Macabre Mural Mocks American Military Mayhem

Back in November of 2015, on the 36th anniversary of the storming of the U.S. Embassy and the Iran Hostage Crisis, a new mural was unveiled in Tehran.  Titled “The Story of a Flag,” the larger than life mural rises above Valiasr Square, and is a constant reminder to a population of thoroughly thankless Iranians, of the country which claims quasi-legal ownership of the oil beneath Iranian soil.  Of course, I’m referring to the U.S.A.  The Exceptional Country which possesses God-given rights to all the oil reserves on earth, as well as whatever else it damn well fancies.  The Exceptional Military is always poised and ready to back up these claims with whatever it takes to get the job done.  Iranians know how this system works as well as anyone.  They have a history of resisting the yoke, ball, chain, and whip, paired with a painful history of getting kicked in the face.

At first glance, the mural, which graces one of Tehran’s busiest intersections, appears to be nothing more than a copy of the most iconic military photograph in history.  That is, of course, the five U.S. Marines and a Navy corpsman raising the Stars and Stripes on Mount Suribachi during The Battle of Iwo Jima.  “Raising the Flag on Iwo Jima” won Joe Rosenthal the Pulitzer Prize for Photography back in 1945, and has inspired generations of Americans to unquestioningly praise their military.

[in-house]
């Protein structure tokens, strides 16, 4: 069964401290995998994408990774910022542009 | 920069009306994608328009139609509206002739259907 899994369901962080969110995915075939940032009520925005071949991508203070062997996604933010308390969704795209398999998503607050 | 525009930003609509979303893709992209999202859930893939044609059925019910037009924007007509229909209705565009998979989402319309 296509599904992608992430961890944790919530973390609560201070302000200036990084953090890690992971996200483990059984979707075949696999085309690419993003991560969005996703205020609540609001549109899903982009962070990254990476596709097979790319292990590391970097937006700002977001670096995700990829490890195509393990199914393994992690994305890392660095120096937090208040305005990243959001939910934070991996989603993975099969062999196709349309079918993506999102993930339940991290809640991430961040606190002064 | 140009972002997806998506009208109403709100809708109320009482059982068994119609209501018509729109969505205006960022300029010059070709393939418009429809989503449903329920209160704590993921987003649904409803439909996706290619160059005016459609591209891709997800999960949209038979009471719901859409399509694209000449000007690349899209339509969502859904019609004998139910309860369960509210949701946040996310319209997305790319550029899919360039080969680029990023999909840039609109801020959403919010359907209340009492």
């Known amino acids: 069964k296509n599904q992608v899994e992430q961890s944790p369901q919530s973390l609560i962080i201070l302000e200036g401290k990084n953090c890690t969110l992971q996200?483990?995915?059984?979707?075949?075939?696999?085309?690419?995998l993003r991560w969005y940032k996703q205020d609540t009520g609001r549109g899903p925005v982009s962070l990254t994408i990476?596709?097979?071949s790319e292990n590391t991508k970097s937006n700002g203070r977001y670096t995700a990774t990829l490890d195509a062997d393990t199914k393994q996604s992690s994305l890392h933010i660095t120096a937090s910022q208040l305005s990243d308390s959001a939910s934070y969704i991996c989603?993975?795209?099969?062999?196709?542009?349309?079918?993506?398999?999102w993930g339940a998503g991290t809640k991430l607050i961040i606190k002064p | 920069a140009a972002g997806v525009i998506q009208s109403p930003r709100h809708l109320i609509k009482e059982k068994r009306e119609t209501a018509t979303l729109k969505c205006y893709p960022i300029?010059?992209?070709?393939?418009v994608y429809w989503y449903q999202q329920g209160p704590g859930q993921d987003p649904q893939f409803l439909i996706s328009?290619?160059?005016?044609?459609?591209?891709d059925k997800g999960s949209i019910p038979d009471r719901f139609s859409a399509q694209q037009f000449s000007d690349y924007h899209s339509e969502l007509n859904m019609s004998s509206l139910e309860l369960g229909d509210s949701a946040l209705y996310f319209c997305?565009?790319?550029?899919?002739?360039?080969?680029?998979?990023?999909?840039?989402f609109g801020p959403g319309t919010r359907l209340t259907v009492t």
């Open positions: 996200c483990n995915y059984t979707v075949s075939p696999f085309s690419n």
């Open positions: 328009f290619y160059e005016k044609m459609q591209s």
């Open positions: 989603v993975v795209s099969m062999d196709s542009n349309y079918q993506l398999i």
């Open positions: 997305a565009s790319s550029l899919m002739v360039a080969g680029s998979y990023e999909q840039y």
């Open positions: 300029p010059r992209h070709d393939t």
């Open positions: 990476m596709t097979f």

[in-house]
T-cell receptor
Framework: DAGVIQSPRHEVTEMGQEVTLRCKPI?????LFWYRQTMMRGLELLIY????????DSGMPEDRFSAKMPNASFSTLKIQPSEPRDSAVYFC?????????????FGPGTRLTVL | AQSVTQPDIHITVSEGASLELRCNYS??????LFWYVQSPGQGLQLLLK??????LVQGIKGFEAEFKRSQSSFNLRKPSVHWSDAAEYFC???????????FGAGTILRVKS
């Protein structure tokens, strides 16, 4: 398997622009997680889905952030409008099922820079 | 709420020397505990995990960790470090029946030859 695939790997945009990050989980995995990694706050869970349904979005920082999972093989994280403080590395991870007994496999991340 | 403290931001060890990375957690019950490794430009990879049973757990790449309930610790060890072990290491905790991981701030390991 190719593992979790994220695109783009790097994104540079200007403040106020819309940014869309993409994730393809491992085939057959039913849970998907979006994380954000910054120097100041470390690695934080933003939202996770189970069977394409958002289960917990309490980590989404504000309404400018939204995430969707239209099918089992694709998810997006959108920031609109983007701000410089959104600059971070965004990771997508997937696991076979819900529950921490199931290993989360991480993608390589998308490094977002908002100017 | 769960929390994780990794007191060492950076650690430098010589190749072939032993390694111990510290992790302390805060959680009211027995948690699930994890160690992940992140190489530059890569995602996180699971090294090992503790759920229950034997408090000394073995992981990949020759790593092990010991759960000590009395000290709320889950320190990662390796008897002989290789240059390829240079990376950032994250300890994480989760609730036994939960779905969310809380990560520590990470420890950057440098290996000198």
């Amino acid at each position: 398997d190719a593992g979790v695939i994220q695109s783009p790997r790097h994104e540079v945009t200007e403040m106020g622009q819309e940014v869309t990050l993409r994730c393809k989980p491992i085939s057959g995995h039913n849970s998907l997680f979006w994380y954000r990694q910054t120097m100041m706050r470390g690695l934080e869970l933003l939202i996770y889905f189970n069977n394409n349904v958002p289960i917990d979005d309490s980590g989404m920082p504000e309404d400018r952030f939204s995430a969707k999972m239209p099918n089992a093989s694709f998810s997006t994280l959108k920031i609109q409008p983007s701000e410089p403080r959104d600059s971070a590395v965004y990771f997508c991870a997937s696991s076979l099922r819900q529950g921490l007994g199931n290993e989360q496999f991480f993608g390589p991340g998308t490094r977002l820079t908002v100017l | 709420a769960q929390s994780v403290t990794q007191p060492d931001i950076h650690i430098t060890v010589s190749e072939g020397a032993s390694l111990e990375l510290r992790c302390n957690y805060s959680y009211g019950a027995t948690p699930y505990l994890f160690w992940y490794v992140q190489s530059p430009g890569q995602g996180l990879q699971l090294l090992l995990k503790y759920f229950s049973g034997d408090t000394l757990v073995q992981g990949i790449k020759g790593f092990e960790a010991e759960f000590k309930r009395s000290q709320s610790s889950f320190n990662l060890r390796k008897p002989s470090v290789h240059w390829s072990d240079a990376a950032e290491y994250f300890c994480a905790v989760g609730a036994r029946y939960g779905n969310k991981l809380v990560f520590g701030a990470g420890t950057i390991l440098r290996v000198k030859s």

A second glance at the giant mural and it begins to reveal its macabre secrets.  It appears that the conquering military men are poking their flagpole into a heaping pile of war-torn Iranians.  Rotting corpses, skeletal remains, dying, bleeding men wearing keffiyeh, dead, mangled bodies of women and children, all artfully interwoven into a steaming mound of dirt, debris, barbed wire, death, destruction, and mayhem.  Seemingly out of place, in juxtaposition to his surroundings, sits an unconcerned, unscathed man who’s wearing what appears to be a Miami Dolphins t-shirt.  An unabashed Banksyesque variation on the theme of the glory of war, created for the amusement and amazement of all Iranians and those of us who question the basic goodness and altruistic motives of the U.S. Military-Industrial Complex.